The flag doesn't belong to the BNP and any suggestion to the contrary is an out and out lie. The flag belongs to everyone who ascribes to the values of this nation and spends every day contributing to it.  It does not belong to the BNP.  If it was theirs, it would be because an ideology and movement has handed it to them by denying its true owners of it by creating a false narrative around it to suit their own ideological ends in order to make it toxic.

So what's my point?

We're not alone though and we need to send a signal to that effect.  We need to start taking back our nation for all the good things that it is and ever was.  We need to start sending a signal that all those who think likewise are not alone so that we can start finding each other, because as we do, more will stand.  We need to create our rallying points so that we can start to push back the decades of decay.

How do we start? With our flag.

We start by taking back our flag by flying it wherever we can.  Buy it and fly it! We prepare our argument to shoot down the notion that its a symbol of hate so we can explain politely and firmly that it is the flag of a fair place and a fair people and that it belongs to anyone of regardless of their colour or place of birth who comes here, contributes assumes our way of life and stands behind the values of this country.

Saturday, 5 November 2011

Move First - Move Now

I am a little bit fatigued by the whole Europe thing.  The mess in Greece which is always seemingly going to bring things to a head only to then pull back from the brink too is tiring as it seems that the main thing at play here is Papandreou seemingly contorting every possible way to hang on to power.  Why he would want to do that escapes me.  I still think it is all likely to go horribly wrong and all he seems to be doing is making himself a key target for those who will come hunting for the politicians who abandoned the Greeks to a stark future.  Back in Europe, the leaders demonstrate that they too are not really willing to solve the problem because their dream must succeed at all costs.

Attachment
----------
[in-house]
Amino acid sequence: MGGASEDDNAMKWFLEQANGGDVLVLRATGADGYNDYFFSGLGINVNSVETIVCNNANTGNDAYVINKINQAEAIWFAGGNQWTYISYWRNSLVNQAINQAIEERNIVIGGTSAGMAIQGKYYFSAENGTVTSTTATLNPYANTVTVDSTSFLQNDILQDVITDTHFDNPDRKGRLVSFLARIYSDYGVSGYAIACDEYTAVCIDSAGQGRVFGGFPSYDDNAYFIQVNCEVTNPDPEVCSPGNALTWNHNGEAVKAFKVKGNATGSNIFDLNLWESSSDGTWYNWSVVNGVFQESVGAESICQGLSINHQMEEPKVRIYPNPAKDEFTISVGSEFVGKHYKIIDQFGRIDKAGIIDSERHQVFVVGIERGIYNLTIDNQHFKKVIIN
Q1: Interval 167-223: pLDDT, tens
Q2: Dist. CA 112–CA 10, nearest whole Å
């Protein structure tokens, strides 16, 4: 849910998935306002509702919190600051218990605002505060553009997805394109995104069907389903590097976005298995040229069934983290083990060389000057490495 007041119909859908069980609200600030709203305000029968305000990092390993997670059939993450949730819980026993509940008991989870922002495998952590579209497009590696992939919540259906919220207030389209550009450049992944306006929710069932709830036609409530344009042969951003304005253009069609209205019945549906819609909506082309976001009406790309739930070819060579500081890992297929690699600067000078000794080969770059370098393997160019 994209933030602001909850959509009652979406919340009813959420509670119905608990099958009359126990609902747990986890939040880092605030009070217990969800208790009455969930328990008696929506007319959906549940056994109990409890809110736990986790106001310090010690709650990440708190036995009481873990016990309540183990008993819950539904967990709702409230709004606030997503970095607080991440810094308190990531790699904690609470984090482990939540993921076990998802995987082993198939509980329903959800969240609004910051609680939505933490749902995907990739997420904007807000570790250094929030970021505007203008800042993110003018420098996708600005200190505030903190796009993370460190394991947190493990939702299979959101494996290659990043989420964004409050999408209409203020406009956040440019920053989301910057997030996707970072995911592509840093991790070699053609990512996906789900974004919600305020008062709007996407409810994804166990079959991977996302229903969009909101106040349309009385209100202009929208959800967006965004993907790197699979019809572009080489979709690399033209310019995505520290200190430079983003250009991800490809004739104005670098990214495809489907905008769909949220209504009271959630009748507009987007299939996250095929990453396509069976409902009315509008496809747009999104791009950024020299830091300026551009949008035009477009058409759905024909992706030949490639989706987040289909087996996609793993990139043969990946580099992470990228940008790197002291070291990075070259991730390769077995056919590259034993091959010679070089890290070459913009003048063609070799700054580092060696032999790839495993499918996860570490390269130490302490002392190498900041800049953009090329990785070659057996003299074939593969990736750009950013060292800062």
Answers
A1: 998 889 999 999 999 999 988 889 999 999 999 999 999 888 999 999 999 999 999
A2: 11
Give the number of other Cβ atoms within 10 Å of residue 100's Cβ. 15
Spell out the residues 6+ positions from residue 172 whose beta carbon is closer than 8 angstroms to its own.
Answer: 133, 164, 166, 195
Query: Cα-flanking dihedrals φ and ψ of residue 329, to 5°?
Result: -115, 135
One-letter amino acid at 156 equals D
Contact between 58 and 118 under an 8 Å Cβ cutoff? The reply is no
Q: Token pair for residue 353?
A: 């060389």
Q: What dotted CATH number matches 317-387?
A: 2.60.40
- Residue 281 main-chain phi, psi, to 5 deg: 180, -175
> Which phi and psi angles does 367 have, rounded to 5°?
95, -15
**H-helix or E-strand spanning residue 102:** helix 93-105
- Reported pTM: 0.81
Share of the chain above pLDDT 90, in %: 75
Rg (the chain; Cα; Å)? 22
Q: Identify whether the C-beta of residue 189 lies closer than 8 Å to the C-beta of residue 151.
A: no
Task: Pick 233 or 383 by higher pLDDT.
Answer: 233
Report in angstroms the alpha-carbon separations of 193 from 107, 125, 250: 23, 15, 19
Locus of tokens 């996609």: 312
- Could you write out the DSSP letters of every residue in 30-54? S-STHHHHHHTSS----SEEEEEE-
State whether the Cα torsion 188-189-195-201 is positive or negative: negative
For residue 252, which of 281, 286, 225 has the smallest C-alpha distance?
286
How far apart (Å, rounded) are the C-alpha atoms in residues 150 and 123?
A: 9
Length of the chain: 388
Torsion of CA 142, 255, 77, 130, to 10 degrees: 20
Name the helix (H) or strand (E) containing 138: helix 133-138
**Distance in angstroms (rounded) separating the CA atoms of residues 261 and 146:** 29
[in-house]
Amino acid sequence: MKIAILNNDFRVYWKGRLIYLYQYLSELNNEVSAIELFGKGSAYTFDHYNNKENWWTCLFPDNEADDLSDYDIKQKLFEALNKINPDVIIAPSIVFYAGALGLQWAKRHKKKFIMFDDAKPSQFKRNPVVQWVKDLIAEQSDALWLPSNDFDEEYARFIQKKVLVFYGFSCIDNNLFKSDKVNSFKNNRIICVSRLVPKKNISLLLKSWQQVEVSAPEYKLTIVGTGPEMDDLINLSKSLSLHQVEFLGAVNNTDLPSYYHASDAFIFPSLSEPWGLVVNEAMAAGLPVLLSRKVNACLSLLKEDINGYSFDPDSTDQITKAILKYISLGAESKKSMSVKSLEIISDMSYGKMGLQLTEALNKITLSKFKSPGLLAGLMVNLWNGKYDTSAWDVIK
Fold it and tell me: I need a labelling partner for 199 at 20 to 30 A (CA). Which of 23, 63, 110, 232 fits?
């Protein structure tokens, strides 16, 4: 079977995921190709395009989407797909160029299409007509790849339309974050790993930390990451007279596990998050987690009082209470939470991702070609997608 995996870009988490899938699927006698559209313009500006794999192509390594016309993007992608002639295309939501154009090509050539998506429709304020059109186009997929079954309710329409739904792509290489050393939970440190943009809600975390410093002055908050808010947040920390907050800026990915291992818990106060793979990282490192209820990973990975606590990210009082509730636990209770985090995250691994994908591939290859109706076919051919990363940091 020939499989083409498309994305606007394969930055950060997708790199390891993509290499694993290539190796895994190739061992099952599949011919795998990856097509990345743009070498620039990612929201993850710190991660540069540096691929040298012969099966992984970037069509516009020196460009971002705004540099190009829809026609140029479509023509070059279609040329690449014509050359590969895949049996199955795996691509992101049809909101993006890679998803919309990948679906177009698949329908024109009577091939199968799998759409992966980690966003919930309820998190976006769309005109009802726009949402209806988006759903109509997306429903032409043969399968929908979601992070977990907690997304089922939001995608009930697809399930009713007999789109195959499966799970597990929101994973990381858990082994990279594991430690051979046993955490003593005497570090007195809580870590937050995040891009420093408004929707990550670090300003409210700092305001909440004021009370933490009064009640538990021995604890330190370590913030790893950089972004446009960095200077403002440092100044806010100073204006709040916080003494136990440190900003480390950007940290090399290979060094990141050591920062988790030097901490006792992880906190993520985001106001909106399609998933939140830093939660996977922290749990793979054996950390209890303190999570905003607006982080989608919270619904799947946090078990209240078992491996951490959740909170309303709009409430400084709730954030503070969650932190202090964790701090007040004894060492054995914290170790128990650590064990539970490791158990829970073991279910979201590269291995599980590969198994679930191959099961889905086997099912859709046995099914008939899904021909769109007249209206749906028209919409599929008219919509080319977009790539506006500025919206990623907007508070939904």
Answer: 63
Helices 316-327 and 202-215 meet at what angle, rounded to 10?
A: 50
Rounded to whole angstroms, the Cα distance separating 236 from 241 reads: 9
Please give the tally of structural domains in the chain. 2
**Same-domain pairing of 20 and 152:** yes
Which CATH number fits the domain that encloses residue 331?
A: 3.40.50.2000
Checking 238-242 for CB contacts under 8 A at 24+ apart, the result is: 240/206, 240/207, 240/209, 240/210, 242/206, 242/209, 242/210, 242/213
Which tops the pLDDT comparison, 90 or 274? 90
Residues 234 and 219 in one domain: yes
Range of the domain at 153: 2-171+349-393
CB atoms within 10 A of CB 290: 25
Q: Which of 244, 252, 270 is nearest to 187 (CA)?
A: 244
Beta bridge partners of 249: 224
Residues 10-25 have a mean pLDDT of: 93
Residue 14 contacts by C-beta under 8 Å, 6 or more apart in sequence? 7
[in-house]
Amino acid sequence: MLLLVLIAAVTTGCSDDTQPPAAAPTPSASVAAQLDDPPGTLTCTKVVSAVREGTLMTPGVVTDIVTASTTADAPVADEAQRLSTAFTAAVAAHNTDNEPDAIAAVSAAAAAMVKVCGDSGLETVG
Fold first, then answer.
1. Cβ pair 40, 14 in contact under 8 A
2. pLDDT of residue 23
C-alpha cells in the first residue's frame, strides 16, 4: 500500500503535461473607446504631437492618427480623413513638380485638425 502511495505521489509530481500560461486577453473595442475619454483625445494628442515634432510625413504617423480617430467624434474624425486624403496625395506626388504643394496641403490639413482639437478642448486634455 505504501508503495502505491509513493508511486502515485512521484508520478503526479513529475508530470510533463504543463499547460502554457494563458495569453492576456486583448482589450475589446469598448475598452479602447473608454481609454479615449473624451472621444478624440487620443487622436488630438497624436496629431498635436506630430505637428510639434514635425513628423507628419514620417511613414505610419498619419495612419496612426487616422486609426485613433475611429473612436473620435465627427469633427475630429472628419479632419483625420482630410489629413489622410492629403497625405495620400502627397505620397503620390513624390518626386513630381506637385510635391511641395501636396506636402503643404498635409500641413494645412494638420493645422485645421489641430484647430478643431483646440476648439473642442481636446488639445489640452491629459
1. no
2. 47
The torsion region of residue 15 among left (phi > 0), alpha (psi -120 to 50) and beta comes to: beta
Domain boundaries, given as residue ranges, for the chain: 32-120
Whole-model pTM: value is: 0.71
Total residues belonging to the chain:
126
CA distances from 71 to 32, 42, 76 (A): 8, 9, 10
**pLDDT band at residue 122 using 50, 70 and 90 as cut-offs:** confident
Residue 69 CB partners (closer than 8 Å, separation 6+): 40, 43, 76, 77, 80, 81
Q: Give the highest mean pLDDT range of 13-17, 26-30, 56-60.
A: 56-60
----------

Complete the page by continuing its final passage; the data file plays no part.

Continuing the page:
We need to be out of Europe for our own good, based on its current model.  Europe seems to be heading for collapse and staying there hoping it won't do so is folly.  The most promising future will fall to those who get out and set a different course as quickly as possible.  The term first mover advantage was never truer than it is now and we need to make sure that is us.  Over at The Devils kitchen some thought has been given to this.

The argument that we need to stay in to trade with them is another poor argument.  If it collapses what exactly will be the size of the market to trade with?  Banks with serious asset write downs combined with tax payers hocked up the eyeballs will not exactly be awash with cash.  The reality is that it isn't a market but an incestuous welfare programme in which the cronies both corporate and political draw down on the incessant remortgaging of the future of its working people. All of this made worse by a growing population of wealth takers.

Our future lies not in this model but in other models.  We need to re find our ambition as a nation as well as the energy to take ourselves on a different path.  There is plenty of evidence of what works.  The Germans have a strong economy based on their work ethic and their ability to make good strong things that people buy.  India, China and other Far East countries demonstrate a similar ethic and a similar belief in themselves and the essential ambition to take a nation forward, underpinned by a commitment to education.

But that requires a sea change.  Right now, the malaise in Britain is obvious to pretty much anyone who cares to look hard.  One only has to visit blogs such as Winston Smith or to ride shotgun with Inspector Gadget around Ruralshire and observe the antics of Wayne & Shaznay to see that we need a change.  But its not just down there with what have become our underclass, it runs right through like our nation choking everything it wraps around, in the same way Japanese knotweed does in the plant world.

At heart of this is thinking.  What we have in front of us is a manifestation of a cocktail of sinister and flabby thinking.  This thinking has dried our ambition up and I'll explain more in future posting (although I have alluded to it in the past).  Some of it is deliberate and we've fallen for it.  Some of it as appealed to our instincts because it has promised something for nothing, an idea which becomes ever more appealing as we are dumbed down to worship celeb culture. Right now we are in a mess and we need to lift out of it.